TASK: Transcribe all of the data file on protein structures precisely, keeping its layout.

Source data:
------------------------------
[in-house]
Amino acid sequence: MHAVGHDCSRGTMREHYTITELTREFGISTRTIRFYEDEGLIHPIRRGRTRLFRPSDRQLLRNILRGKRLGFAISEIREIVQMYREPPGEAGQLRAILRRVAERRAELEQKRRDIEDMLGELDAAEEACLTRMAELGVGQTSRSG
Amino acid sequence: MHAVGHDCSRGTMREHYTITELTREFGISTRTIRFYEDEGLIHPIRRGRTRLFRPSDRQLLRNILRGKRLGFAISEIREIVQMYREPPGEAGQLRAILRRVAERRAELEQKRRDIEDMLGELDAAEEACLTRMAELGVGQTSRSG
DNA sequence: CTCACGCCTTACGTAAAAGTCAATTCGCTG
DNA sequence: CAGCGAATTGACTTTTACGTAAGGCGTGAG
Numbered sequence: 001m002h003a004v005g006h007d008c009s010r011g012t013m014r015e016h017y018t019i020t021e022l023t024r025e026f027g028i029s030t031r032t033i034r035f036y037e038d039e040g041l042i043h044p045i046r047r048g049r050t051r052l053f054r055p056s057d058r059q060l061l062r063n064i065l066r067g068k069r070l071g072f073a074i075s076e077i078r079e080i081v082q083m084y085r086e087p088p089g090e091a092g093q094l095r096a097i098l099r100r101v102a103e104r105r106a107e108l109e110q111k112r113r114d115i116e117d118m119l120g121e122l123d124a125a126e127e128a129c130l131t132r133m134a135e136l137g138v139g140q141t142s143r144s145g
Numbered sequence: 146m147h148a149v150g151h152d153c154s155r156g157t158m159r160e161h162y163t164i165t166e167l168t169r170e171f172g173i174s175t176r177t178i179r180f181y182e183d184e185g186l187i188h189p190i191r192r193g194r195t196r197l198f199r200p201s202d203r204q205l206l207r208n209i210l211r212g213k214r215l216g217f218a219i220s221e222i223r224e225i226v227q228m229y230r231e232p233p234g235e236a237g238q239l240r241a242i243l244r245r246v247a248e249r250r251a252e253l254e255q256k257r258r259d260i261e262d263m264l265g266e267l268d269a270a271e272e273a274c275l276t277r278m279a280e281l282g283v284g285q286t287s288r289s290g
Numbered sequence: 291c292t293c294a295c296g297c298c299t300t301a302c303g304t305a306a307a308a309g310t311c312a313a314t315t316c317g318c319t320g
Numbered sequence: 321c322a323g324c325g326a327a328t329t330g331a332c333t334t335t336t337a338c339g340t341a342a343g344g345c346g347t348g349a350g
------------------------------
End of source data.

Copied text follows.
[in-house]
Amino acid sequence: MHAVGHDCSRGTMREHYTITELTREFGISTRTIRFYEDEGLIHPIRRGRTRLFRPSDRQLLRNILRGKRLGFAISEIREIVQMYREPPGEAGQLRAILRRVAERRAELEQKRRDIEDMLGELDAAEEACLTRMAELGVGQTSRSG
Amino acid sequence: MHAVGHDCSRGTMREHYTITELTREFGISTRTIRFYEDEGLIHPIRRGRTRLFRPSDRQLLRNILRGKRLGFAISEIREIVQMYREPPGEAGQLRAILRRVAERRAELEQKRRDIEDMLGELDAAEEACLTRMAELGVGQTSRSG
DNA sequence: CTCACGCCTTACGTAAAAGTCAATTCGCTG
DNA sequence: CAGCGAATTGACTTTTACGTAAGGCGTGAG
Numbered sequence: 001m002h003a004v005g006h007d008c009s010r011g012t013m014r015e016h017y018t019i020t021e022l023t024r025e026f027g028i029s030t031r032t033i034r035f036y037e038d039e040g041l042i043h044p045i046r047r048g049r050t051r052l053f054r055p056s057d058r059q060l061l062r063n064i065l066r067g068k069r070l071g072f073a074i075s076e077i078r079e080i081v082q083m084y085r086e087p088p089g090e091a092g093q094l095r096a097i098l099r100r101v102a103e104r105r106a107e108l109e110q111k112r113r114d115i116e117d118m119l120g121e122l123d124a125a126e127e128a129c130l131t132r133m134a135e136l137g138v139g140q141t142s143r144s145g
Numbered sequence: 146m147h148a149v150g151h152d153c154s155r156g157t158m159r160e161h162y163t164i165t166e167l168t169r170e171f172g173i174s175t176r177t178i179r180f181y182e183d184e185g186l187i188h189p190i191r192r193g194r195t196r197l198f199r200p201s202d203r204q205l206l207r208n209i210l211r212g213k214r215l216g217f218a219i220s221e222i223r224e225i226v227q228m229y230r231e232p233p234g235e236a237g238q239l240r241a242i243l244r245r246v247a248e249r250r251a252e253l254e255q256k257r258r259d260i261e262d263m264l265g266e267l268d269a270a271e272e273a274c275l276t277r278m279a280e281l282g283v284g285q286t287s288r289s290g
Numbered sequence: 291c292t293c294a295c296g297c298c299t300t301a302c303g304t305a306a307a308a309g310t311c312a313a314t315t316c317g318c319t320g
Numbered sequence: 321c322a323g324c325g326a327a328t329t330g331a332c333t334t335t336t337a338c339g340t341a342a343g344g345c346g347t348g349a350g